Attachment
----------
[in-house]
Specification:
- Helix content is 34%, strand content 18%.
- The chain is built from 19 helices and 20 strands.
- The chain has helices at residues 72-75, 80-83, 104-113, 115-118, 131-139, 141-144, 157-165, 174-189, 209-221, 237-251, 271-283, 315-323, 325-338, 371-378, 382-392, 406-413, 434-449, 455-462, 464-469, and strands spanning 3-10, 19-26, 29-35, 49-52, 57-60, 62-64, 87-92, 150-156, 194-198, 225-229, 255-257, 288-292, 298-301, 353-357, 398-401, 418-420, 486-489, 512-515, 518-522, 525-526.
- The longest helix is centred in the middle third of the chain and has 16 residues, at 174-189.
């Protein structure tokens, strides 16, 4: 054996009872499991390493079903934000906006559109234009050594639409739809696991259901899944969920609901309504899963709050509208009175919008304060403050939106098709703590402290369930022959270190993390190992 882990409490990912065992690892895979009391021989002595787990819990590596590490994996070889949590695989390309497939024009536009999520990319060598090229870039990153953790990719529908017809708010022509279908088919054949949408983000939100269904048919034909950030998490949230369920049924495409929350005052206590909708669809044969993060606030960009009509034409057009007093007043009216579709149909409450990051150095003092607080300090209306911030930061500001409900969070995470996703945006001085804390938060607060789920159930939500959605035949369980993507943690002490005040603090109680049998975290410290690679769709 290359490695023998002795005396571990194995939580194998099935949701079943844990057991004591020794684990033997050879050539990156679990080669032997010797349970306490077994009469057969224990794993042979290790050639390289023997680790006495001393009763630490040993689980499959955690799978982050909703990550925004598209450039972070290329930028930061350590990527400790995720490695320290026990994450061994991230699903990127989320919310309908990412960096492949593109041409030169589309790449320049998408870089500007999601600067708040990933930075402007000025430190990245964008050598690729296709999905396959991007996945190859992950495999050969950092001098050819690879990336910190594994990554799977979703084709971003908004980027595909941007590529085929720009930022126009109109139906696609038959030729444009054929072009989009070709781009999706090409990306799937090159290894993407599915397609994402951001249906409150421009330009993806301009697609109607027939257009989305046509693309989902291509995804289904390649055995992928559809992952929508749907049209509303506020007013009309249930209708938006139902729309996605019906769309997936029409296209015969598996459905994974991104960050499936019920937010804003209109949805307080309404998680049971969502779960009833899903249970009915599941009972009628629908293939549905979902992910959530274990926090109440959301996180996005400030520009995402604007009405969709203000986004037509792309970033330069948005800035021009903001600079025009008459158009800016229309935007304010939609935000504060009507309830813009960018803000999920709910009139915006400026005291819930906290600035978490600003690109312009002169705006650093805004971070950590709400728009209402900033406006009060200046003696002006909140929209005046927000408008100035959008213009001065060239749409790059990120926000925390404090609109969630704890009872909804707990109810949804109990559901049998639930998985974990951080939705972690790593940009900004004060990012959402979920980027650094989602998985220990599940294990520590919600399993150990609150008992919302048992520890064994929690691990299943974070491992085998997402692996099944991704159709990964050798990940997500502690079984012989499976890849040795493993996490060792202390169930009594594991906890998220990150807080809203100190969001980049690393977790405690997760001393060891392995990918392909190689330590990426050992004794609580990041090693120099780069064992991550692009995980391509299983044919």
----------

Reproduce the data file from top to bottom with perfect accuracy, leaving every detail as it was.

[in-house]
Specification:
- Helix content is 34%, strand content 18%.
- The chain is built from 19 helices and 20 strands.
- The chain has helices at residues 72-75, 80-83, 104-113, 115-118, 131-139, 141-144, 157-165, 174-189, 209-221, 237-251, 271-283, 315-323, 325-338, 371-378, 382-392, 406-413, 434-449, 455-462, 464-469, and strands spanning 3-10, 19-26, 29-35, 49-52, 57-60, 62-64, 87-92, 150-156, 194-198, 225-229, 255-257, 288-292, 298-301, 353-357, 398-401, 418-420, 486-489, 512-515, 518-522, 525-526.
- The longest helix is centred in the middle third of the chain and has 16 residues, at 174-189.
């Protein structure tokens, strides 16, 4: 054996009872499991390493079903934000906006559109234009050594639409739809696991259901899944969920609901309504899963709050509208009175919008304060403050939106098709703590402290369930022959270190993390190992 882990409490990912065992690892895979009391021989002595787990819990590596590490994996070889949590695989390309497939024009536009999520990319060598090229870039990153953790990719529908017809708010022509279908088919054949949408983000939100269904048919034909950030998490949230369920049924495409929350005052206590909708669809044969993060606030960009009509034409057009007093007043009216579709149909409450990051150095003092607080300090209306911030930061500001409900969070995470996703945006001085804390938060607060789920159930939500959605035949369980993507943690002490005040603090109680049998975290410290690679769709 290359490695023998002795005396571990194995939580194998099935949701079943844990057991004591020794684990033997050879050539990156679990080669032997010797349970306490077994009469057969224990794993042979290790050639390289023997680790006495001393009763630490040993689980499959955690799978982050909703990550925004598209450039972070290329930028930061350590990527400790995720490695320290026990994450061994991230699903990127989320919310309908990412960096492949593109041409030169589309790449320049998408870089500007999601600067708040990933930075402007000025430190990245964008050598690729296709999905396959991007996945190859992950495999050969950092001098050819690879990336910190594994990554799977979703084709971003908004980027595909941007590529085929720009930022126009109109139906696609038959030729444009054929072009989009070709781009999706090409990306799937090159290894993407599915397609994402951001249906409150421009330009993806301009697609109607027939257009989305046509693309989902291509995804289904390649055995992928559809992952929508749907049209509303506020007013009309249930209708938006139902729309996605019906769309997936029409296209015969598996459905994974991104960050499936019920937010804003209109949805307080309404998680049971969502779960009833899903249970009915599941009972009628629908293939549905979902992910959530274990926090109440959301996180996005400030520009995402604007009405969709203000986004037509792309970033330069948005800035021009903001600079025009008459158009800016229309935007304010939609935000504060009507309830813009960018803000999920709910009139915006400026005291819930906290600035978490600003690109312009002169705006650093805004971070950590709400728009209402900033406006009060200046003696002006909140929209005046927000408008100035959008213009001065060239749409790059990120926000925390404090609109969630704890009872909804707990109810949804109990559901049998639930998985974990951080939705972690790593940009900004004060990012959402979920980027650094989602998985220990599940294990520590919600399993150990609150008992919302048992520890064994929690691990299943974070491992085998997402692996099944991704159709990964050798990940997500502690079984012989499976890849040795493993996490060792202390169930009594594991906890998220990150807080809203100190969001980049690393977790405690997760001393060891392995990918392909190689330590990426050992004794609580990041090693120099780069064992991550692009995980391509299983044919």